13. Don't get me wrong, I think the GPC is a wonderfully fantastic supplement. There is really nothing else quite like it for any RPG. Nor do I believe it is the straight jacket than some think. It's more of a helpful outline and backdrop. But someone could run a Pendragon campaign without out it. That's quite obvious from the fact that the game came out out and went through several editions before the GPC ever came out. So it's not essential, but it is really good and helpful. Amen! I think the difficulty with Middle Earth is that it really only has a handful of stories to tell and everything else is based upon/tied to those stories. When you get to the Third Age you really only have the events relating to the War of the Ring to work with, and little else. In fact, if a GM want's to remain true to the source, he is severely limited in just how far he can let some characters travel and interact. For instance, if Hobbit adventurers traveled throughout Wilderland prior to Bilbo then much of the mystery and confusion about Hobbits doesn't hold up, and you have to wonder why it took so long for Sauron's minions to find Hobbiton. It's similar with Elves and Dwarves too, as they seemed to be almost legendary beings to the Roharrim. With King Arthur is is different as not only are there various legends of King Arthur and multiple versions of those legends, but that Arthur and his court were used as a backdrop by other authors to showcase tales of other characters. So you wind up with a "tapestry" of interweaved stories to work off of. With leave a GM with a lot more plot hooks and ideas to work with. The setting is a lot more resisitant and tamper proof too. In Middle Earth during the Third Age, everything has to work out just so, or the ring could have ended up up back in Sauron's hands, leading to the fall of the know world for an unspecified amount of time -basically until Valar, or, more likely, Eru, actually step in an d do about it. It's the outcome that all the free peoples are working to avoid. In contrast, the situation in Arthurian Britain isn't quite to precarious or so dire. Yes, the Saxons, Irish and Scotti will invade, in fact we all know that those invasions are part of history and thus inevitable. What Arthur does is give us a sort of magical golden age before the inevitable happens. There is very little that a group of adventuerous could do early that could actual derail the timeline in a serious manner.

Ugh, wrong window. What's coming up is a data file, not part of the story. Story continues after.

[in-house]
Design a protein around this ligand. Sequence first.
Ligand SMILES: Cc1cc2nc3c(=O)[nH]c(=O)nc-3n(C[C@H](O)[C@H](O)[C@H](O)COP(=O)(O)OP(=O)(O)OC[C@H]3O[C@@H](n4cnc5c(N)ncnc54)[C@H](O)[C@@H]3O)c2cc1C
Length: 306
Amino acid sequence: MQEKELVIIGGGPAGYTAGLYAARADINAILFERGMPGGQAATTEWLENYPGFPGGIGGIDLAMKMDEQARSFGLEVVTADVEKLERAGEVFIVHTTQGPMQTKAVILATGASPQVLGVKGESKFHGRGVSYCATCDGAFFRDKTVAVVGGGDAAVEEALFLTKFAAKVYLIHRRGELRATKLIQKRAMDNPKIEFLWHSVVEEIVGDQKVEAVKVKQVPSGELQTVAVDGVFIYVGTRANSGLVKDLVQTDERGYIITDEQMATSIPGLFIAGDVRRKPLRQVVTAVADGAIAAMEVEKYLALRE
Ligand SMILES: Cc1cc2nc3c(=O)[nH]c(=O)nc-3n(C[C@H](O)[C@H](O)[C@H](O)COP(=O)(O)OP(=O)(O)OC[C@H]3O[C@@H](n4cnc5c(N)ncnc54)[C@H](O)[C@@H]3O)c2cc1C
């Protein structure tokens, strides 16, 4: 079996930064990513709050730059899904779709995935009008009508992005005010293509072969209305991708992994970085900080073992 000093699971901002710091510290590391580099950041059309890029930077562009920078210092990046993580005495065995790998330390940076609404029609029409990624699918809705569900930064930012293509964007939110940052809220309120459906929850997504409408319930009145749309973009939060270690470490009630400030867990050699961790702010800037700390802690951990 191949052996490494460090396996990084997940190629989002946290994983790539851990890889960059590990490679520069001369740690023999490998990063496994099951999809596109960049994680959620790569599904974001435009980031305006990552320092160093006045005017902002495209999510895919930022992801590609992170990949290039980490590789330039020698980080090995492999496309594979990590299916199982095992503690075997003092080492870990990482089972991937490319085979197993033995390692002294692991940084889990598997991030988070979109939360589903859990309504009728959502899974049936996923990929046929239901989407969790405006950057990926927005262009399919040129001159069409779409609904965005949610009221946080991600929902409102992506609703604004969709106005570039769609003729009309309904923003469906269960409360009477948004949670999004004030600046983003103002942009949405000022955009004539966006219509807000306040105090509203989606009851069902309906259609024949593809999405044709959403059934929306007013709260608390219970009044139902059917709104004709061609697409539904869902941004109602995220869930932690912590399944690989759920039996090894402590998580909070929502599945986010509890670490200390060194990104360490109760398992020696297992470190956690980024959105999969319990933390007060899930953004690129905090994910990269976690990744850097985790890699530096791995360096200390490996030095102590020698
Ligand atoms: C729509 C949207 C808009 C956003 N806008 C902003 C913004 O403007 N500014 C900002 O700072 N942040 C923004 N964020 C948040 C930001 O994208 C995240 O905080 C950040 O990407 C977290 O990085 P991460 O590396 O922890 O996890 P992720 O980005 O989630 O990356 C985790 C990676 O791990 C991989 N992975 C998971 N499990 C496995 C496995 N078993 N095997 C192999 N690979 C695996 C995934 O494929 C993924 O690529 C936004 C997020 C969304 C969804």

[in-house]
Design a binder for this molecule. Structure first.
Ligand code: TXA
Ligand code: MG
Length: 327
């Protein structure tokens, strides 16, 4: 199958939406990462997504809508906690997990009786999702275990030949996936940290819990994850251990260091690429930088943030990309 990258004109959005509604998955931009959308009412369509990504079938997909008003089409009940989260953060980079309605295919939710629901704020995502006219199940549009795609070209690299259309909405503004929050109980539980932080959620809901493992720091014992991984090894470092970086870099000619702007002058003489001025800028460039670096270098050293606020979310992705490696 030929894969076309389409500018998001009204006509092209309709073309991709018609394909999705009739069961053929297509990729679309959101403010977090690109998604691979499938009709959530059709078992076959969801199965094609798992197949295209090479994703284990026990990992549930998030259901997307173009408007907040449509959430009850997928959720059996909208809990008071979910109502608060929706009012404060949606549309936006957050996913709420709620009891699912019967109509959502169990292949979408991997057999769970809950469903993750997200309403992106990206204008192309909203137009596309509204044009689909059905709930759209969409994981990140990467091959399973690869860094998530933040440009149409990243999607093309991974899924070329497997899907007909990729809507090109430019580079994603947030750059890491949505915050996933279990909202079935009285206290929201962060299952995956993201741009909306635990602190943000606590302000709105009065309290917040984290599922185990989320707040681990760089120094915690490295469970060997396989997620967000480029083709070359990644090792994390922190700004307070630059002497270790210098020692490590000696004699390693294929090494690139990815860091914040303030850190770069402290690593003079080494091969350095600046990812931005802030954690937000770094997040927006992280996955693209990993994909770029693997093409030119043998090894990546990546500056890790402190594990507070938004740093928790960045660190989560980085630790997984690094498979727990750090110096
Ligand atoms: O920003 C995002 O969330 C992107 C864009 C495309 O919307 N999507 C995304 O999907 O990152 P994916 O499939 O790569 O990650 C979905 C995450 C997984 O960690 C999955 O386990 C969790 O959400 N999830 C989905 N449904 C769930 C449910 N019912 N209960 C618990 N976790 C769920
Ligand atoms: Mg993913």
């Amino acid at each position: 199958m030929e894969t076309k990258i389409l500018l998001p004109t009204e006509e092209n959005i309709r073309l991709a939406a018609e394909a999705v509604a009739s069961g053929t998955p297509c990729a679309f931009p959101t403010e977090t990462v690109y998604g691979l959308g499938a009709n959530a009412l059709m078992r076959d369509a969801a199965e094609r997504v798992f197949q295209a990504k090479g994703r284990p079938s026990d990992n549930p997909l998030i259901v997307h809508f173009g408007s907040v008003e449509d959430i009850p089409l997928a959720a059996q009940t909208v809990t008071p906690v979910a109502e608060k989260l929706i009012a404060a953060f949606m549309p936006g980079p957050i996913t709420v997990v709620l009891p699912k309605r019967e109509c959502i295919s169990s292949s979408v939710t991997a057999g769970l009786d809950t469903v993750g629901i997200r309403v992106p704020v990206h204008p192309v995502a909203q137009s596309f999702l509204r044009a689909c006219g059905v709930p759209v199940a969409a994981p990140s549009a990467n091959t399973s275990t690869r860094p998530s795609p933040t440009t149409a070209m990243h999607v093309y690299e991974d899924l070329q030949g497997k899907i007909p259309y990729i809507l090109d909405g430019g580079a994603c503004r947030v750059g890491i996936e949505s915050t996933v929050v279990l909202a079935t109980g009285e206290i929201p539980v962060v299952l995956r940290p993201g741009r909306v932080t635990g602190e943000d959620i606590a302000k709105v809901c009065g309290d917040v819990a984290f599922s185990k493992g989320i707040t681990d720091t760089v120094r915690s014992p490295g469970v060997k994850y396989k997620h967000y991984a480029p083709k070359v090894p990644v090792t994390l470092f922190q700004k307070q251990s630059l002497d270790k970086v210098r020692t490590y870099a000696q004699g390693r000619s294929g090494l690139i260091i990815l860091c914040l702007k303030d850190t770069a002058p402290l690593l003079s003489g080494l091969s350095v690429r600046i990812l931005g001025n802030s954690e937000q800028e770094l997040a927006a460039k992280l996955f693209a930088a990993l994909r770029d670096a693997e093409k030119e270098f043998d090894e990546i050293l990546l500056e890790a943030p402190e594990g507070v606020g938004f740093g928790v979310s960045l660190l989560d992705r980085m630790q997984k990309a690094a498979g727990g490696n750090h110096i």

14. Yeah, although modern travel times might be a little too "as the crow flies" or take advantage of roads that wouldn't have existed back them. Still, thge actual distances between places should be about the same. The distance between Sarum and Broughton probably hasn't changed much in the last 1600 years. Sometimes I come across intering tidbits of history, like what a given manor had for additions or produced or the name of the local church and use them to ehance the game, such as the actualy font at Monstisfont (DuPlain) with alleged healing properties, or... ..had a Roman villa nearby that was burnt down, and had a dead body (believed to be the careless servant who started the fire). I used the ruins of the old villa in my cvampaign and the PK who holds Grateley has done work to restore the villa, and now resides there with his wife, while his son and heir now runs the manor at Grateley. I took some of the old maps and info found online and used them to modify satellite images to get so-so maps of the manor. Something like:
  15. Yes, but in creativehum's defense (guess there really is a first time for everything) the basic statement of just what is "essential" for Pendragon still holds up. All a GM really needs is the core rules and the timeline from the GPC. And technically the GPC isn't actually essential (quite a few people on-line feel this it too much of a straitjacket although I do not agree), as GMs do not have to follow Greg's Mostly Mallory based timeline. So all that is "essential" is the core rules, and (probably) the GPC. Of course that is (or should be ) true or virtually every RPG. A good RPG should be complete and not require supplements to play. One of the nice things I have to say about Chaosium is that in general you don't need to buy any of their supplements to enjoy their RPGs. The supplements to enhance the experience but are not required (except maybe Cults of Prax for RQ2, but that's was one supplement).